How Cop25 turned its back on climate action
The final text released after a marathon talks harked back to a deal made in Paris that placed no requirement on most countries to raise their targets until 2025
It was Cop25’s final call to arms on climate action.
A globally-agreed commitment, delivered after the longest climate conference in history, looked ahead to 2020 and raised “serious concern” about “the significant gap” between what countries have pledged and what scientists say will stop the planet warming.
The Chilean presidency of the Madrid talks had made “ambition” a central aim for the meeting. But the text they drafted lacked a clear call for countries to raise their game on a specific time frame. Instead, it harked back to an obscure part of the deal cut in Paris in 2015: ‘1/CP.21’, specifically paragraphs 23 and 24 (below).
These two paragraphs, which were drafted alongside the Paris Agreement in the cauldron of the 2015 talks, are the only piece of international law governing the 2020 push for greater action. But they place no legal requirement on most countries to step up in 2020, according to climate jurists.
Kenyan climate campaigner Mohamad Adow called the Madrid outcome “disastrous, profoundly distressing”.
“We cannot just copy and paste the text from four years ago. We need to recognise that since then the climate emergency has got worse and public anger has got fiercer,” he said.
Without clear action in 2020, the first concrete moment for nations to step up their national climate commitments (known as nationally determined contributions, or NDCs) under the Paris Agreement is not until 2025. That is more than half the time left before the carbon budget for 1.5C is blown at current emissions – see Glen Peters’ graphic below.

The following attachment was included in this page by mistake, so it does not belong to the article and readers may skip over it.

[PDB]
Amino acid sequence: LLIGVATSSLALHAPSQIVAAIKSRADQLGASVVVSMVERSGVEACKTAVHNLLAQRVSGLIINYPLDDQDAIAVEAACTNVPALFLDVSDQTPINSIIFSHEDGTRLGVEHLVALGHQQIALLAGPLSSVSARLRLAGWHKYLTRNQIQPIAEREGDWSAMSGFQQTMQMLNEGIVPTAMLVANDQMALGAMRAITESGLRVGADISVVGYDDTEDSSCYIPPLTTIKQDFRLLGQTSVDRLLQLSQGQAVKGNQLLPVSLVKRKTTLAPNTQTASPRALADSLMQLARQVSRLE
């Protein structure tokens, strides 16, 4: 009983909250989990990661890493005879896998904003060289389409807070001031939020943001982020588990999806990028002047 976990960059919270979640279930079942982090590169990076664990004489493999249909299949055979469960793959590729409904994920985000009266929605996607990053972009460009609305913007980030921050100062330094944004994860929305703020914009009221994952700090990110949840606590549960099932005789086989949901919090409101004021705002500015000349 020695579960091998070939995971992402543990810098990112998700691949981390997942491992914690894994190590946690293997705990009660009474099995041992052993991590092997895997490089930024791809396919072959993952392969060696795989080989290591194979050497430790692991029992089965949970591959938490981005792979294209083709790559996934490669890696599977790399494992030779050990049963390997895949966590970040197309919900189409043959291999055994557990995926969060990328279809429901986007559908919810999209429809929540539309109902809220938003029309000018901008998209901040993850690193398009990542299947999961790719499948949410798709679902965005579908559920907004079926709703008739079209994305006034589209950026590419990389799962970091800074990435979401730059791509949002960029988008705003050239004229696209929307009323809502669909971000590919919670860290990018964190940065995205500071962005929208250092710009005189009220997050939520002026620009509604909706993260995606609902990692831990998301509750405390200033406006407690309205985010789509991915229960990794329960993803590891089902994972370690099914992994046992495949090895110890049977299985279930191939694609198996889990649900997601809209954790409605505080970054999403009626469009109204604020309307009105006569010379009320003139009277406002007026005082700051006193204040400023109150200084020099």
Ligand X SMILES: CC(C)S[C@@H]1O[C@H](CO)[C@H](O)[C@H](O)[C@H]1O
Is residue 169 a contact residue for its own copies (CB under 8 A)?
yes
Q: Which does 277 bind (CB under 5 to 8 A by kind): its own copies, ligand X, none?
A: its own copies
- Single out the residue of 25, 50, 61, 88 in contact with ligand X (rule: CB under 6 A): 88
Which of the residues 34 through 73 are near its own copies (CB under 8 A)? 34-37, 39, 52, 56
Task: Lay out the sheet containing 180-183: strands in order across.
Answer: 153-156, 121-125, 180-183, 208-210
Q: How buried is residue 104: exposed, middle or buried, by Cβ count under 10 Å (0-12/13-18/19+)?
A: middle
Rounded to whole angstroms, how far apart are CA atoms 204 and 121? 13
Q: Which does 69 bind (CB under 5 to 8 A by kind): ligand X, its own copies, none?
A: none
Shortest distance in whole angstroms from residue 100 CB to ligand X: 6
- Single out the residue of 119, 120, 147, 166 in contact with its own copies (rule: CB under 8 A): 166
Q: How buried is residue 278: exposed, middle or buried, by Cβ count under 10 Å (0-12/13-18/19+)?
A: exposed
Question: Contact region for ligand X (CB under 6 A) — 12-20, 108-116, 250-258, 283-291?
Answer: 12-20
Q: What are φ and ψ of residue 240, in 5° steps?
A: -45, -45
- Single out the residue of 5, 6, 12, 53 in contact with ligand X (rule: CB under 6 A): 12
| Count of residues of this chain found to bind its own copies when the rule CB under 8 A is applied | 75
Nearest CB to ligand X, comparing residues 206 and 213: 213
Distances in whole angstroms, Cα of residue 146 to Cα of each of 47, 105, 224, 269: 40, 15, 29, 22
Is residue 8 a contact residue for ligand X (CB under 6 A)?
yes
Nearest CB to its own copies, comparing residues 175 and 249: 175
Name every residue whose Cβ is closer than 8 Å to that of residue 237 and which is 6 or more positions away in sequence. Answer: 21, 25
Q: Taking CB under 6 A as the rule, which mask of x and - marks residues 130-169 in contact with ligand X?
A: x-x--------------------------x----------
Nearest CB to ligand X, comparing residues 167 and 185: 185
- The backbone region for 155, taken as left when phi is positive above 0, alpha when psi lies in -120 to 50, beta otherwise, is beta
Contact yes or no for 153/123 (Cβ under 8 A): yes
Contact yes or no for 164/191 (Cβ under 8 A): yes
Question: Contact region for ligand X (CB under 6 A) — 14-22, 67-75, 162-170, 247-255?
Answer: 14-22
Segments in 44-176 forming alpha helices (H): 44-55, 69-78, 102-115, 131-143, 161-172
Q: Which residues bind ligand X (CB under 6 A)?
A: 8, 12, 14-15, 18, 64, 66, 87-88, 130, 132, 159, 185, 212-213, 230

To try to speed things up, some governments, the UN and climate campaigners are pushing for a collective raising of ambition during 2020. Advocates insist all countries are obliged by international agreement to raise their voluntary Paris pledges by 2020.
Scientists are clear on the need for increased, near term action to halt warming and prevent large-scale human suffering. But countries’ legal responsibilities in 2020 – centred on the two paragraphs agreed in Paris – are clear and separate from other imperatives, according to Sue Biniaz, who was the US state department lead climate lawyer for nearly three decades and had a hand in drafting parts of the Paris text.
She told CHN that, for most countries “there is no requirement to up your NDC in 2020”, adding “I have been saying that the science, rather than Paris per se, is why parties should enhance their NDCs.”
The two paragraphs each contain two key elements: they differentiate between countries that set an emissions target for 2025 and those with a goal stretching to 2030 (in yellow above); and they place different requirements on these countries for 2020 (green).
The different requirements are critical. Nations that set a 2025 target are asked to present a new NDC. Under the Paris Agreement any new or updated NDC must represent a “progression”. So these nations really have to bring new and improved pledges in the next 12 months. Nations that set a 2030 goal have a choice: to “communicate or update”.
Who are the countries that fall into the first group? The US dominates the list in terms of emissions, but is leaving the Paris Agreement before the end of 2020 and won’t be updating its NDC. Brazil is also in this category, and while its current government has flirted with following Trump out of the pact, remains in Paris.